If you’re the primary caregiver for a disabled or elderly individual, you may want to include arrangements for their care in your will.
While such arrangements are technically allowed, it’s still not really a good idea to include these in your will.
Instead, most attorneys will recommend that you establish trusts (such as a special needs trust) that can more appropriately address your loved one’s needs.
8) Sections that Outline Your Wishes
While many people choose to include wishes in their wills, it’s important to note that wishes are not legally binding.
For example, if you’re passing on your pizza business to your son, you could include a note that says, “I hope you keep the restaurant in the family after I pass,” but such a wish would not be legally binding.
Often, people instead choose to attach a “letter of wishes” to the end of the will which outlines their basic intentions for what your loved ones should do with the estate.
Since these wishes aren’t legally binding, such a letter can add a more personal touch to your will, and can serve to direct your loved ones to your actual last wishes.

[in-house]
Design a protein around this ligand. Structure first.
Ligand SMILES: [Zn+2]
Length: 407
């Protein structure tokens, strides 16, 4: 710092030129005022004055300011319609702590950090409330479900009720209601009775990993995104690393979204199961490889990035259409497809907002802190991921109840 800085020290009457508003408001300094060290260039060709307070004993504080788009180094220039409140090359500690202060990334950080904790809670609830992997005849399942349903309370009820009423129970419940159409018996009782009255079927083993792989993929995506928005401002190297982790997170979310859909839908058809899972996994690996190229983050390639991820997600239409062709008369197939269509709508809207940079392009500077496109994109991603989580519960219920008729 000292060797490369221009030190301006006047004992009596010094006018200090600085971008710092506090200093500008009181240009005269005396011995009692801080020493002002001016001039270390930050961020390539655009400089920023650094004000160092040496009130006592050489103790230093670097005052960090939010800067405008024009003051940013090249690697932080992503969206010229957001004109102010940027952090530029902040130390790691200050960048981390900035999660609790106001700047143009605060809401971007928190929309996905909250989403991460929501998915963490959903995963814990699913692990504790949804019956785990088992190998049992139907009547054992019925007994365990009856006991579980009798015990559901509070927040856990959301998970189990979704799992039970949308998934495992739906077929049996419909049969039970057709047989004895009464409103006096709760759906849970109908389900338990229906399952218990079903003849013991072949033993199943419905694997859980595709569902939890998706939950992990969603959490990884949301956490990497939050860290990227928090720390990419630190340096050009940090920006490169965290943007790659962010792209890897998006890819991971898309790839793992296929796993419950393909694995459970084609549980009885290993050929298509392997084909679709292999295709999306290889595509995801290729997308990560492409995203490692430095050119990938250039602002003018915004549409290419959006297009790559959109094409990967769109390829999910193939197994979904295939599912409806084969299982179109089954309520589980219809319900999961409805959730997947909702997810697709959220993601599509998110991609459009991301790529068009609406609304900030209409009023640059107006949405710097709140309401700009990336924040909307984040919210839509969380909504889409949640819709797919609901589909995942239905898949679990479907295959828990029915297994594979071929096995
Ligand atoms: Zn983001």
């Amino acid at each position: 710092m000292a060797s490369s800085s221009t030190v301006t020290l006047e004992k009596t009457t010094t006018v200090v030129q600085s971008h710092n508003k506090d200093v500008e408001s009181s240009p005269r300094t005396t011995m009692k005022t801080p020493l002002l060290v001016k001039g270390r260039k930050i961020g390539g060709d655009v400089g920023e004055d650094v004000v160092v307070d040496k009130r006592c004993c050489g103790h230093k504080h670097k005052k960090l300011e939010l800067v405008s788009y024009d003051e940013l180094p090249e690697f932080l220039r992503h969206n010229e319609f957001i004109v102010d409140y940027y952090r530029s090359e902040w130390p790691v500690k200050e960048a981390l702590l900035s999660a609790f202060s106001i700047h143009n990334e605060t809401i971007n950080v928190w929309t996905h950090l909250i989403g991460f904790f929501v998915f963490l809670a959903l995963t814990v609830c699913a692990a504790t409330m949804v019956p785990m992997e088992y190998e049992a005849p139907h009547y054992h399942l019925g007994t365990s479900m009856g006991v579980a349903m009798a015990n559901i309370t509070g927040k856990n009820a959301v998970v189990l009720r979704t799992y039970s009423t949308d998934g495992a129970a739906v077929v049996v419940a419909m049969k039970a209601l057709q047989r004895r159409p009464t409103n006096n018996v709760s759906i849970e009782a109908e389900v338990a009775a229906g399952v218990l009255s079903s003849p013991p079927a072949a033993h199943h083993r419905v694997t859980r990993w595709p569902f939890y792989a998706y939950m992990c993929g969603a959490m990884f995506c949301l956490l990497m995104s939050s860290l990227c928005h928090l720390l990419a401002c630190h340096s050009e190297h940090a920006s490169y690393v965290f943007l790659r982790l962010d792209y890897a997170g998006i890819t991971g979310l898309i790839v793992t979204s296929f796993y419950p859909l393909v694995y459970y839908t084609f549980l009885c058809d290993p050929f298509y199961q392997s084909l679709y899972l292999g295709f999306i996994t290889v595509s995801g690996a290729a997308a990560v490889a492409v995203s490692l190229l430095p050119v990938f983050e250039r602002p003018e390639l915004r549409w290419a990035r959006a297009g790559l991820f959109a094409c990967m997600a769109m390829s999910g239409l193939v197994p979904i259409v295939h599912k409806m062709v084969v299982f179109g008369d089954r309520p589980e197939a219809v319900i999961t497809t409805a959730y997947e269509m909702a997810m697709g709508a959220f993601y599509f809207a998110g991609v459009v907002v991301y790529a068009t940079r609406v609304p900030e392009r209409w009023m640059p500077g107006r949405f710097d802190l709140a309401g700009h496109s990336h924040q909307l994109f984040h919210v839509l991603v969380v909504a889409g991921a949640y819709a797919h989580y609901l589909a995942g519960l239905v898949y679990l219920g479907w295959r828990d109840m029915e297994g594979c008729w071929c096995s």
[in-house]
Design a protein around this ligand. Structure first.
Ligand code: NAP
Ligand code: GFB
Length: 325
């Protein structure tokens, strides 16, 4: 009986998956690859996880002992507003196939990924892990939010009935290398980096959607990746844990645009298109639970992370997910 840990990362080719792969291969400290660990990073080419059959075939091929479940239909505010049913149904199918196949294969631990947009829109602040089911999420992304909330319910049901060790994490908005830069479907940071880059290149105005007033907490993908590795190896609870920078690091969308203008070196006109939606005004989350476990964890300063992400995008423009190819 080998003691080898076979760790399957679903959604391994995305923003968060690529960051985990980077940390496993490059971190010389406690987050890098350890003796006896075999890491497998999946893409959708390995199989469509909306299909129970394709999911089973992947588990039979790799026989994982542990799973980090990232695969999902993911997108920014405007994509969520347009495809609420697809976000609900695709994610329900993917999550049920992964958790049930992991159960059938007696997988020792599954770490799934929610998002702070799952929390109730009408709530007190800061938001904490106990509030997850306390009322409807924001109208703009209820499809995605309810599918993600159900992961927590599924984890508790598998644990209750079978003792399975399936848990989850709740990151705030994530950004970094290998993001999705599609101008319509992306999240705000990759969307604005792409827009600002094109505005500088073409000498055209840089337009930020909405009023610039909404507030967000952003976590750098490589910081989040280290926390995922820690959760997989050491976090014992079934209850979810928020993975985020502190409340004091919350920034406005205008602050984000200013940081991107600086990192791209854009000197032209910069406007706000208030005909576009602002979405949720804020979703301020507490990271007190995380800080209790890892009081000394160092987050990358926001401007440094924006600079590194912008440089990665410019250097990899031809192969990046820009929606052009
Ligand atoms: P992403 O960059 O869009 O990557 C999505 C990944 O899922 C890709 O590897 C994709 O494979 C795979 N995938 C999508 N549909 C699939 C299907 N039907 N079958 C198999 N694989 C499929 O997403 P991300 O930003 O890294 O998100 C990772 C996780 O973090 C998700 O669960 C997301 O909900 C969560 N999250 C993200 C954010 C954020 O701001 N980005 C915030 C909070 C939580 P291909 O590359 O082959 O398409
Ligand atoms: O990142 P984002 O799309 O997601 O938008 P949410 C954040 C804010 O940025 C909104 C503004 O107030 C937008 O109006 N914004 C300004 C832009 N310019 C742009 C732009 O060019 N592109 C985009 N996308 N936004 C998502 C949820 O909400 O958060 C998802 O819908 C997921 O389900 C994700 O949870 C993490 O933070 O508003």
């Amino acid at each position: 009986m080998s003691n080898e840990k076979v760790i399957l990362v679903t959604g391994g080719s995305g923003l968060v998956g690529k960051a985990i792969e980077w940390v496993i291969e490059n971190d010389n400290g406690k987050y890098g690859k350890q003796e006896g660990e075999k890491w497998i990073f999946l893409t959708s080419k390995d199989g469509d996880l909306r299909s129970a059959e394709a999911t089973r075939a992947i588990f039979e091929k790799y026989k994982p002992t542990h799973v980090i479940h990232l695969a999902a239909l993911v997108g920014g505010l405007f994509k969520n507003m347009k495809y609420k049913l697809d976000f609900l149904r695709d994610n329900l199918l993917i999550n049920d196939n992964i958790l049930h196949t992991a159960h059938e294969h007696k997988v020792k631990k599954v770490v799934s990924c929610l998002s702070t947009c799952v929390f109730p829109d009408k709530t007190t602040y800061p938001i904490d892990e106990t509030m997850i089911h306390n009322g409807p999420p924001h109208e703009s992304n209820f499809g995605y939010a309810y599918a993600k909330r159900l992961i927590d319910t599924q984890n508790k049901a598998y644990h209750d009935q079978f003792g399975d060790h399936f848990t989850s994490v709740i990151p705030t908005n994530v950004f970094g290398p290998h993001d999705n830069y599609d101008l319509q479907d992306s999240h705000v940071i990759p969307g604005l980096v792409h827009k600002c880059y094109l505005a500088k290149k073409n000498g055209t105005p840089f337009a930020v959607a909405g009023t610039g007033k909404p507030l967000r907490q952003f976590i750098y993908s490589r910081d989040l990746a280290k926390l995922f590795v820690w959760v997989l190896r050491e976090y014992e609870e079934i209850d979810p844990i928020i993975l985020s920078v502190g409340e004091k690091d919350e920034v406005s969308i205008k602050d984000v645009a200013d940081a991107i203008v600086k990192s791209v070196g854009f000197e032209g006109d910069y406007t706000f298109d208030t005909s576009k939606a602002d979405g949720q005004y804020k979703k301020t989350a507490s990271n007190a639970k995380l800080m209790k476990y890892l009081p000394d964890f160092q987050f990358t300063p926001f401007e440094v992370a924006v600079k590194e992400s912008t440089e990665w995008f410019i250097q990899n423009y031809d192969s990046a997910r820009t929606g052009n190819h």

9) Conditional Statements
A conditional statement is a statement or rule that relies on some specific trigger.
Just like wishes, conditions are not recognized by Virginia law, and should generally be avoided in wills.
For example, the statement “I leave the rest of my estate to Marie, provided she attends XYZ college” would not be legally binding, as it is based on the “condition” of attending a specific college.
If you must make such a condition, it might be a good idea to look into a trust instead.
Wills are legal documents that must follow specific rules under Virginia law.
If you fail to follow all of these Virginia-specific rules, a judge may throw out sections of your will, or even void the will in its entirety.
For this reason, it’s highly recommended that you at least speak with a Virginia attorney about your will before you sign it.